Date: March 7th, 2014

Snowflake Soufflé

by X. J. Kennedy

Exploding Gravy: Poems to Make You Laugh by X. J. KennedySnowflake soufflé
Snowflake soufflé
Makes a lip-smacking lunch
On an ice-cold day!

You take seven snowflakes,
You break seven eggs,
And you stir it seven times
With your two hind legs,

Bake it in an igloo,
Throw it on a plate,
And you slice off a slice
With a rusty ice skate.


Copyright © 2002 X. J. KennedyFrom the book Exploding Gravy: Poems to Make You Laugh. Little, Brown Books for Young Readers. Reprinted by permission of the author.

About this Poem

This little nonsense poem just goes to show that a poem doesn’t have to be about anything great. It’s just an imaginary recipe.  What, by the way, is a soufflé (pronounced something like soo-FLAY)? I wrote the poem mainly to start a rocking rhythm going. You can feel it if you have a drum, and say the poem out loud while beating time. If you don’t have a drum, you might dump your classroom waste basket upside down and beat on its bottom.

About The Author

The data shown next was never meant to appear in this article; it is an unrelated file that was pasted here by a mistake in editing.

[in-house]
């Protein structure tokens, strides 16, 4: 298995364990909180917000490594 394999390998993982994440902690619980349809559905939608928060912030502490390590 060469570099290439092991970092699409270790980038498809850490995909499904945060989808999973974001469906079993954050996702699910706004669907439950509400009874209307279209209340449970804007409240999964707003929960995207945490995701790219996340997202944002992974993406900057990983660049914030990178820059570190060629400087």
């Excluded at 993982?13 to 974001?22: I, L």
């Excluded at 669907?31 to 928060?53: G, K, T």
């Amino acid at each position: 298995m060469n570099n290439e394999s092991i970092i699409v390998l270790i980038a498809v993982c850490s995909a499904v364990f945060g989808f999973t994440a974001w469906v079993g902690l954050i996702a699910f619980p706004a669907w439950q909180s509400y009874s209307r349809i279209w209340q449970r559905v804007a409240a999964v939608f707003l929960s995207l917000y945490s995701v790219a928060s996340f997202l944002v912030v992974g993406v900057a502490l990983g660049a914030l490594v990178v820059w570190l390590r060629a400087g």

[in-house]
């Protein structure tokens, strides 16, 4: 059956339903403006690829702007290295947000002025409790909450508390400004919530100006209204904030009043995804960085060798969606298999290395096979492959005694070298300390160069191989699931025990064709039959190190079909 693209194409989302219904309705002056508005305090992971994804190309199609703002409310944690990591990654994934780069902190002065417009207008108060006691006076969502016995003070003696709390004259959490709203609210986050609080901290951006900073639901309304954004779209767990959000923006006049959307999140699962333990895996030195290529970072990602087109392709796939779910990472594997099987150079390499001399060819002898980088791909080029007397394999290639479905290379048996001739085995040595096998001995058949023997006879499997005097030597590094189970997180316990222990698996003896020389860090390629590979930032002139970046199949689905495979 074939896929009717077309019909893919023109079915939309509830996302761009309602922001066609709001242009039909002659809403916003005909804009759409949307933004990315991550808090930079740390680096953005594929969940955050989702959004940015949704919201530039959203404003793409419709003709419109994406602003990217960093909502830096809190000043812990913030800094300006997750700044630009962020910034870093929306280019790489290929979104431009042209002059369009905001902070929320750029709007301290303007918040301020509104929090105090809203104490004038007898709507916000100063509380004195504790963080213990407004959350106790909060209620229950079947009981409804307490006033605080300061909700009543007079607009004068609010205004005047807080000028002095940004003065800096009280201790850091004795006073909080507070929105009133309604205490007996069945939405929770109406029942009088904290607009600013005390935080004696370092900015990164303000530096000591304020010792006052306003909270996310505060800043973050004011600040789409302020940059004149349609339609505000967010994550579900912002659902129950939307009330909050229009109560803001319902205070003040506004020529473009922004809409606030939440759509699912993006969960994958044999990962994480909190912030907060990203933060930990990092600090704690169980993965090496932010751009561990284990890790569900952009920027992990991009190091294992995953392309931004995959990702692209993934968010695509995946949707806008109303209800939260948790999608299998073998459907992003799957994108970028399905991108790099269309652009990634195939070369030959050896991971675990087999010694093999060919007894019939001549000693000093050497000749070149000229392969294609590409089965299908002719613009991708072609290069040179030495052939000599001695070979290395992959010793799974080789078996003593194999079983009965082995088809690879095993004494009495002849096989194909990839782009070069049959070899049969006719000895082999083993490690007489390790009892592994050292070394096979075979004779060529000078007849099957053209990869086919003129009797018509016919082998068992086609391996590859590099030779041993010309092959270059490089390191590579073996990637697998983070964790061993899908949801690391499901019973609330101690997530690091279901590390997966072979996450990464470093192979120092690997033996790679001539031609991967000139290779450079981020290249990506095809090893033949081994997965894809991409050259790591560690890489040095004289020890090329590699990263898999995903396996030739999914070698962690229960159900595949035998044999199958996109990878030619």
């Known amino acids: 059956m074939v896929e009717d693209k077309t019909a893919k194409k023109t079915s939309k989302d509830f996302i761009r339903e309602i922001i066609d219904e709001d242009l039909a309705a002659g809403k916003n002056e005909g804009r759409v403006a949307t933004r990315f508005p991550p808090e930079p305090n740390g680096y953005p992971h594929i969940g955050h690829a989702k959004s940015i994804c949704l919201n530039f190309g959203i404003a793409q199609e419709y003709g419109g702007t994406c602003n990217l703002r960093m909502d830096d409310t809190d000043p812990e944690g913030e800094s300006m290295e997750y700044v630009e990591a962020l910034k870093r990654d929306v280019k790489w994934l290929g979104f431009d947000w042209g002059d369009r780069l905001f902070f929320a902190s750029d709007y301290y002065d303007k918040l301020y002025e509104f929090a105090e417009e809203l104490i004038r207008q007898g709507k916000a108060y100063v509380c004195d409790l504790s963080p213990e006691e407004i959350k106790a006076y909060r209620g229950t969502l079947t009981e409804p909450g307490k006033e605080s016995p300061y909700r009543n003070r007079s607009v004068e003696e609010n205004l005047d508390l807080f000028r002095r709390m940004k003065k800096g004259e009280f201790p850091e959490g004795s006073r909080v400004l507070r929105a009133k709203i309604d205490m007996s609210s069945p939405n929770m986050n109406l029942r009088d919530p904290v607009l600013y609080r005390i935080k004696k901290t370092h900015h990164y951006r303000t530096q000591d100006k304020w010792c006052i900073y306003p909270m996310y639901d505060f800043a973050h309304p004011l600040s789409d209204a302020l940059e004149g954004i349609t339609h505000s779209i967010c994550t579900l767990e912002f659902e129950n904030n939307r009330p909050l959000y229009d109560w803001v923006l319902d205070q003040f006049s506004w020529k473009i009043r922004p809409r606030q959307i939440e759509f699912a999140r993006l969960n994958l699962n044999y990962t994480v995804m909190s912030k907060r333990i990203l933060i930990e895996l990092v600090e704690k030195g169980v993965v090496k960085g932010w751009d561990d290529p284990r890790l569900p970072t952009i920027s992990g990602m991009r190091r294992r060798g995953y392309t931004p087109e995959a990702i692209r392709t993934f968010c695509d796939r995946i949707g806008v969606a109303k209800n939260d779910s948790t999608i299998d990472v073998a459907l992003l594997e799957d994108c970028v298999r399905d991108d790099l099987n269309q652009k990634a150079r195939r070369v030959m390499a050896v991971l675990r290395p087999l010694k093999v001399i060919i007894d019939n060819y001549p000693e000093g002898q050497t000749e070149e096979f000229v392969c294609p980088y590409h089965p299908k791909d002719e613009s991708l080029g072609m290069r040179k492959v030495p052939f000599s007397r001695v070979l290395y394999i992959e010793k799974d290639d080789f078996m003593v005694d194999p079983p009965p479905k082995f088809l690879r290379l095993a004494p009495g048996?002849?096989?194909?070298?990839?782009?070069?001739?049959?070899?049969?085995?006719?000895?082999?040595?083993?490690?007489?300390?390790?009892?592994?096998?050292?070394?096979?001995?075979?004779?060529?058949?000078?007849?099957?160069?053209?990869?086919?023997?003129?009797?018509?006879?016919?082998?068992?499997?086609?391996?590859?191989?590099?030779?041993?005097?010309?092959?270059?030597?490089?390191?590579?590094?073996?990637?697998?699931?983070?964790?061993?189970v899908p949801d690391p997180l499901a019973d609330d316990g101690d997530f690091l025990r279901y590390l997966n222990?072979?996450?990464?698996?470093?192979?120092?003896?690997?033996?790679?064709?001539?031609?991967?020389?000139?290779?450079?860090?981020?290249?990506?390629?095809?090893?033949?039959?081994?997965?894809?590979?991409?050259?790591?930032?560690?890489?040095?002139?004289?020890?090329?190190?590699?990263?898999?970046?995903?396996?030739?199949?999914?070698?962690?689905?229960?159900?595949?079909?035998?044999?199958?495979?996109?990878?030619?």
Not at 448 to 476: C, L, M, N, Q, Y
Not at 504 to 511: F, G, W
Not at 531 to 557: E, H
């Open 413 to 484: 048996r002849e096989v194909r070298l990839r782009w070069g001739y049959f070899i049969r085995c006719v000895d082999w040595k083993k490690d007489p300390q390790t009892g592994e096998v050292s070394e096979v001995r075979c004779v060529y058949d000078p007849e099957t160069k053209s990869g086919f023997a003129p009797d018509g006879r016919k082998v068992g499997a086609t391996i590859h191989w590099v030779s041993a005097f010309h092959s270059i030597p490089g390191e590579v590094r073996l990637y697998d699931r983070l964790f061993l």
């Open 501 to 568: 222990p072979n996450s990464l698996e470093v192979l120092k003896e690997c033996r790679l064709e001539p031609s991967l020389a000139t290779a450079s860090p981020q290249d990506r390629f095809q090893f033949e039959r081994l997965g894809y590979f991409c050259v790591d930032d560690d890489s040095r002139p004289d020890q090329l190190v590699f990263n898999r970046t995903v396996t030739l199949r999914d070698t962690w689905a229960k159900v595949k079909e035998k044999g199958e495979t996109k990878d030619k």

Children's Poet X. J. KennedyX. J. Kennedy grew up in a New Jersey town surrounded by arsenals and dynamite factories, which kept blowing up and knocking all the windows out of his school.  His real name is Joe, but he stuck the initials onto it to sound different from the family of  President Kennedy.  He has been a destroyer sailor, a scrubber of printing presses, a college teacher, and for the past 35 years nothing but a writer.  Kennedy has written more than twenty children’s books, the latest being City Kids, eight books of poetry, and several schoolbooks, among them An Introduction to Poetry, now in its 13th edition and co-authored with poet Dana Gioia.  He has received the prize for Finest Fantasy given by the children of the Ethical School in New York City (for his novel The Owlstone Crown); the award for children’s poetry from the National Council of Teachers of English; the light verse award from the American Academy & Institute of Arts & Letters; the Poets’ Prize, given by some poets to one of their kind; and the Robert Frost gold medal for his life’s work, from the Poetry Society of America.  With his wife, Dorothy M. Kennedy, he compiled Knock at a Star: A Child’s Introduction to Poetry and Talking Like the Rain: A Read-to-Me Book of Poetry, which have stayed in print ever since 1982 and 1992.  He and Dorothy have six grandkids so far, and live in Lexington, Massachusetts, where the American Revolution began.  For more about them, kindly see the website

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